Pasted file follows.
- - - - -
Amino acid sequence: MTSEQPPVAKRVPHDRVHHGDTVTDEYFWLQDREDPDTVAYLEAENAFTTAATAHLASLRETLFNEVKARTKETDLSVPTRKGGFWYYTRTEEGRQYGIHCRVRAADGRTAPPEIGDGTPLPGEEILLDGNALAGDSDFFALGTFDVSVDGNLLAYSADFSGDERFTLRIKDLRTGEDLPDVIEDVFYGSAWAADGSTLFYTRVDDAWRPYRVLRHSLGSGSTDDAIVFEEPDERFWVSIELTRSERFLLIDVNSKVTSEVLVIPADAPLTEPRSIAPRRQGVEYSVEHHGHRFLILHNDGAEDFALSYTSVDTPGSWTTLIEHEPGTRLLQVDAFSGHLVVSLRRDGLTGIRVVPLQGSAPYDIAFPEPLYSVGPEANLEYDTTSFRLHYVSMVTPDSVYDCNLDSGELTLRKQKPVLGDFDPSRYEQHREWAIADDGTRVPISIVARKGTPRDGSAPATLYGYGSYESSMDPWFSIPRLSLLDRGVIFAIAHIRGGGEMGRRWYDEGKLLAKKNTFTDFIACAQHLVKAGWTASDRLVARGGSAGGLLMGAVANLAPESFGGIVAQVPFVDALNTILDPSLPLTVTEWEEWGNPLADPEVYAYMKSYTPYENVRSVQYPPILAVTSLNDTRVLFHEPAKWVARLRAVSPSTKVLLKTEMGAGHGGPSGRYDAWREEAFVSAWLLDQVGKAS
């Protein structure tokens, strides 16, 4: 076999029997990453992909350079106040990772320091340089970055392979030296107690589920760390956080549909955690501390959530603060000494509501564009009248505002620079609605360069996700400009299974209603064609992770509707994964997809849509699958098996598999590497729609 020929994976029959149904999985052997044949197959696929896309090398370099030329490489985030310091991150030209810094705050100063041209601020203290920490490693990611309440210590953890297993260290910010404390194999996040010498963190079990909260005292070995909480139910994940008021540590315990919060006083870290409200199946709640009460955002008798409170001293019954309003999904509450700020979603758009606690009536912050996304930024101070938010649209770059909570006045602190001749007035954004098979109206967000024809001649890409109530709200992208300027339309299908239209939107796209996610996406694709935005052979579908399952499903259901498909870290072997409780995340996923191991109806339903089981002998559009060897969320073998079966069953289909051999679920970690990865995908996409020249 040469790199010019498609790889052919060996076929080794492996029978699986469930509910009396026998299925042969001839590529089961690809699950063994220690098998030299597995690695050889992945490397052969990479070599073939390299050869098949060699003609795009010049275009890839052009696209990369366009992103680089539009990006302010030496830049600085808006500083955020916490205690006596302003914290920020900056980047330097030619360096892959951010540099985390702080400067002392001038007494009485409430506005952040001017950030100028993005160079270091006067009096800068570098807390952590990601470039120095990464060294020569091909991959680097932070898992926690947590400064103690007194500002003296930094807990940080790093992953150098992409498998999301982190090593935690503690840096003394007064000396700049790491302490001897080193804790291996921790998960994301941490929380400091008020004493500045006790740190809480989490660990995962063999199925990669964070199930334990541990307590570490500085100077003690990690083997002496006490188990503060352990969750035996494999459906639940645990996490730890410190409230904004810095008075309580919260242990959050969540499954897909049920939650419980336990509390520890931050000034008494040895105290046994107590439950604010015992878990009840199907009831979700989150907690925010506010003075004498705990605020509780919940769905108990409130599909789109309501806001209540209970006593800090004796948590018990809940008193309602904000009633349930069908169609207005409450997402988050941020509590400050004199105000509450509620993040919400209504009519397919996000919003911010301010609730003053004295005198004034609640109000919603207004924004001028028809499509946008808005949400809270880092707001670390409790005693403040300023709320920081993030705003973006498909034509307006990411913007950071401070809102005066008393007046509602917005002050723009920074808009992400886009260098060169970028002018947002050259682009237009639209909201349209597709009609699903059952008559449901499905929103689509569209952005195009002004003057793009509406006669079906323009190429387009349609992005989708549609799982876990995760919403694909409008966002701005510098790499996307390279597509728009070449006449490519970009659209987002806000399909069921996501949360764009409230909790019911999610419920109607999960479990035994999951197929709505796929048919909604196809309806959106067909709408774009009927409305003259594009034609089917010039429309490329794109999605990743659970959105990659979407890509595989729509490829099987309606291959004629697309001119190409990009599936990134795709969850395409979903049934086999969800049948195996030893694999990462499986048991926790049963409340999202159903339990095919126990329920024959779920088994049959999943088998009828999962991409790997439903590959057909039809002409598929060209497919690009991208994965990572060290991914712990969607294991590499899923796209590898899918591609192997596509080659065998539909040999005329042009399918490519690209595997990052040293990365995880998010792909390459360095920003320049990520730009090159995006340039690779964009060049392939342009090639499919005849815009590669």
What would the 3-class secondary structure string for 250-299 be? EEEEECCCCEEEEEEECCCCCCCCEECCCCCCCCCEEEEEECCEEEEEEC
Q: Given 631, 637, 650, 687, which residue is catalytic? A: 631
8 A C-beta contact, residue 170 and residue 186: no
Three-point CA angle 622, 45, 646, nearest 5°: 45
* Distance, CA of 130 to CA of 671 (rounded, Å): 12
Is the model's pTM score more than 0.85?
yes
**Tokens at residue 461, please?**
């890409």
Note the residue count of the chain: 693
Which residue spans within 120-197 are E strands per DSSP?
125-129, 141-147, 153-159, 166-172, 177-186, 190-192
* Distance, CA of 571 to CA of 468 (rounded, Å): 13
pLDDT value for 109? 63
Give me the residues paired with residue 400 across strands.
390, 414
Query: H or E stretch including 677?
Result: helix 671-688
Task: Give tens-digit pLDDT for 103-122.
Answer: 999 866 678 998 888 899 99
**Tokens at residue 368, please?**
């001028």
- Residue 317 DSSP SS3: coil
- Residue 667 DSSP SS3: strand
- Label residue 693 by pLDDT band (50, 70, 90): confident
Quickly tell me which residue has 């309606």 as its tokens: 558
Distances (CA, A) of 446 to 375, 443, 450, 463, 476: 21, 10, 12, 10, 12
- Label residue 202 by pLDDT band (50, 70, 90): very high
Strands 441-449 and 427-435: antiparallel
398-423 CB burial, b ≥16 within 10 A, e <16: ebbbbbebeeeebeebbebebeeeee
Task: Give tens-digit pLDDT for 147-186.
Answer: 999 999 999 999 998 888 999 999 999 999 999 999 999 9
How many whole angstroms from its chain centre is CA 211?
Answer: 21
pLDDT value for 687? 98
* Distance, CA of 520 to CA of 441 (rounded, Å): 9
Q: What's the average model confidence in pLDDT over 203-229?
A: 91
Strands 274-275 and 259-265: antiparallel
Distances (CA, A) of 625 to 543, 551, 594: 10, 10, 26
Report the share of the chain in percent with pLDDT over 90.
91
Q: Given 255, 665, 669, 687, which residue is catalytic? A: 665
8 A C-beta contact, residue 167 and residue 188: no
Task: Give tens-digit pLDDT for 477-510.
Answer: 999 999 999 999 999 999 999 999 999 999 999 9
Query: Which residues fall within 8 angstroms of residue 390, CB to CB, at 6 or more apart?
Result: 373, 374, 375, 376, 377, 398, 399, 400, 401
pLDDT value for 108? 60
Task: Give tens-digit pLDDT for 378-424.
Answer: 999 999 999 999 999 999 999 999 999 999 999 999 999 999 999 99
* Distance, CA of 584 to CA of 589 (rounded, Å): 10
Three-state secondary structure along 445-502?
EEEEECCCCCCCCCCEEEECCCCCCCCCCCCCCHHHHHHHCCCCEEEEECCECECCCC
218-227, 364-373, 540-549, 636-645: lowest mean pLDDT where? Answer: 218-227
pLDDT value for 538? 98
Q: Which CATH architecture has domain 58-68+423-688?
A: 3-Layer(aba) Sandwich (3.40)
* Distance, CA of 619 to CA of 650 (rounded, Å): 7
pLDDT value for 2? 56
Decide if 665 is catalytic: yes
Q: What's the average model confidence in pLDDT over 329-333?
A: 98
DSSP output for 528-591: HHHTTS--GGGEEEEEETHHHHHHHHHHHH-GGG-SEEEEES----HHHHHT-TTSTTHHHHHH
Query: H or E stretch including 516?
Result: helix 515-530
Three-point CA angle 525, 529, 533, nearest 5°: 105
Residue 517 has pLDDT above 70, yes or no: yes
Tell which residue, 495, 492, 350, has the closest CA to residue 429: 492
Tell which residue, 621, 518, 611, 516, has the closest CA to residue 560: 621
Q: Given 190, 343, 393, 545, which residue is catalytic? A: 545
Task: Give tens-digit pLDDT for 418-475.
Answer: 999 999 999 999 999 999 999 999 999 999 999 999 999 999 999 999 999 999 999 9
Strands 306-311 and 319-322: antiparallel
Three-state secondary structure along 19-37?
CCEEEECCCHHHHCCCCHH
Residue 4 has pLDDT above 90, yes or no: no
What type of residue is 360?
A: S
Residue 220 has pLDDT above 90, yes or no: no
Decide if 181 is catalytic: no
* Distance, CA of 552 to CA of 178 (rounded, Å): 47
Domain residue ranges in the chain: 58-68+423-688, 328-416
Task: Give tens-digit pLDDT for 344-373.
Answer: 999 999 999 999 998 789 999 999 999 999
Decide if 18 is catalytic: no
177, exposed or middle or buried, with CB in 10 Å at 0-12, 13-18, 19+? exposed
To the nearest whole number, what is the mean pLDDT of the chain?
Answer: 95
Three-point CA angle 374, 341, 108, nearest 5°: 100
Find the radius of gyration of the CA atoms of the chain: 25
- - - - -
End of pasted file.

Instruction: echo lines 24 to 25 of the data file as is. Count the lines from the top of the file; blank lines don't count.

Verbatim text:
């001028």
- Residue 317 DSSP SS3: coil